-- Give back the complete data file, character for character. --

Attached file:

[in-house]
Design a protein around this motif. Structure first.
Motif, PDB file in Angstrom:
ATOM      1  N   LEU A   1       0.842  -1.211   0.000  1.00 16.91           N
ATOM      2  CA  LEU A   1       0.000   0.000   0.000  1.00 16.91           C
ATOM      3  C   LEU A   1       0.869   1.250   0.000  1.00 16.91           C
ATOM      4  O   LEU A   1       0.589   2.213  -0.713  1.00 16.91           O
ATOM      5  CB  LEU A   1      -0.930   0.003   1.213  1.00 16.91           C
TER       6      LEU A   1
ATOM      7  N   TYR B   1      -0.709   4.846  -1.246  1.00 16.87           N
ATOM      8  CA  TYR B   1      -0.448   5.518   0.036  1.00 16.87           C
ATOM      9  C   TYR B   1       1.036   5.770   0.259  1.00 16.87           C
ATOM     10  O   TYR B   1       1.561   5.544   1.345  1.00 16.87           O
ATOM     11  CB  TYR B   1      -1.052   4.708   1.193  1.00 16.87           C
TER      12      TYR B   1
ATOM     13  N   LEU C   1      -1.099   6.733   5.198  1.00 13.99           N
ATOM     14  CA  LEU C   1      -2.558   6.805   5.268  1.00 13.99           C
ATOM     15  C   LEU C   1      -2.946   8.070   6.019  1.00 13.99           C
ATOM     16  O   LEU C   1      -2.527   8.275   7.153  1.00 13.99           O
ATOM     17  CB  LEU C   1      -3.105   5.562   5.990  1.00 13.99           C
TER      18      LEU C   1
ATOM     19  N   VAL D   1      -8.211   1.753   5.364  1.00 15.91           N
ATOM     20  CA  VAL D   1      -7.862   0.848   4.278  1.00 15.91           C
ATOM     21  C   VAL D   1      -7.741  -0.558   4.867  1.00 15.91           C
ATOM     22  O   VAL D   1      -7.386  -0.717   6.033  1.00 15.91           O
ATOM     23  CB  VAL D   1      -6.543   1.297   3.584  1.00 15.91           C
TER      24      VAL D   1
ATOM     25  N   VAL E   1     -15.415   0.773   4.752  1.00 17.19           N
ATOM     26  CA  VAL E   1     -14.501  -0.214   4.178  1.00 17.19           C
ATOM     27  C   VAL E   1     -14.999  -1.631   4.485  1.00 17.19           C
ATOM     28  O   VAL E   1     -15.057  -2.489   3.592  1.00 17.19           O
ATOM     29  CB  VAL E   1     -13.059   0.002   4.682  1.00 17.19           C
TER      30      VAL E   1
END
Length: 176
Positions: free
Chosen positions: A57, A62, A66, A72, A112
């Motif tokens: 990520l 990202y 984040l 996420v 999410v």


[in-house]
Design a protein around this motif. Structure first.
Motif, PDB file in Angstrom:
ATOM      1  N   LEU A   1       0.842  -1.211   0.000  1.00 16.91           N
ATOM      2  CA  LEU A   1       0.000   0.000   0.000  1.00 16.91           C
ATOM      3  C   LEU A   1       0.869   1.250   0.000  1.00 16.91           C
ATOM      4  O   LEU A   1       0.589   2.213  -0.713  1.00 16.91           O
ATOM      5  CB  LEU A   1      -0.930   0.003   1.213  1.00 16.91           C
TER       6      LEU A   1
ATOM      7  N   TYR B   1      -0.709   4.846  -1.246  1.00 16.87           N
ATOM      8  CA  TYR B   1      -0.448   5.518   0.036  1.00 16.87           C
ATOM      9  C   TYR B   1       1.036   5.770   0.259  1.00 16.87           C
ATOM     10  O   TYR B   1       1.561   5.544   1.345  1.00 16.87           O
ATOM     11  CB  TYR B   1      -1.052   4.708   1.193  1.00 16.87           C
TER      12      TYR B   1
ATOM     13  N   LEU C   1      -1.099   6.733   5.198  1.00 13.99           N
ATOM     14  CA  LEU C   1      -2.558   6.805   5.268  1.00 13.99           C
ATOM     15  C   LEU C   1      -2.946   8.070   6.019  1.00 13.99           C
ATOM     16  O   LEU C   1      -2.527   8.275   7.153  1.00 13.99           O
ATOM     17  CB  LEU C   1      -3.105   5.562   5.990  1.00 13.99           C
TER      18      LEU C   1
ATOM     19  N   VAL D   1      -8.211   1.753   5.364  1.00 15.91           N
ATOM     20  CA  VAL D   1      -7.862   0.848   4.278  1.00 15.91           C
ATOM     21  C   VAL D   1      -7.741  -0.558   4.867  1.00 15.91           C
ATOM     22  O   VAL D   1      -7.386  -0.717   6.033  1.00 15.91           O
ATOM     23  CB  VAL D   1      -6.543   1.297   3.584  1.00 15.91           C
TER      24      VAL D   1
ATOM     25  N   VAL E   1     -15.415   0.773   4.752  1.00 17.19           N
ATOM     26  CA  VAL E   1     -14.501  -0.214   4.178  1.00 17.19           C
ATOM     27  C   VAL E   1     -14.999  -1.631   4.485  1.00 17.19           C
ATOM     28  O   VAL E   1     -15.057  -2.489   3.592  1.00 17.19           O
ATOM     29  CB  VAL E   1     -13.059   0.002   4.682  1.00 17.19           C
TER      30      VAL E   1
END
Length: 176
Positions: free
Chosen positions: A57, A62, A66, A72, A112
């Motif tokens: 990520l 990202y 984040l 996420v 999410v």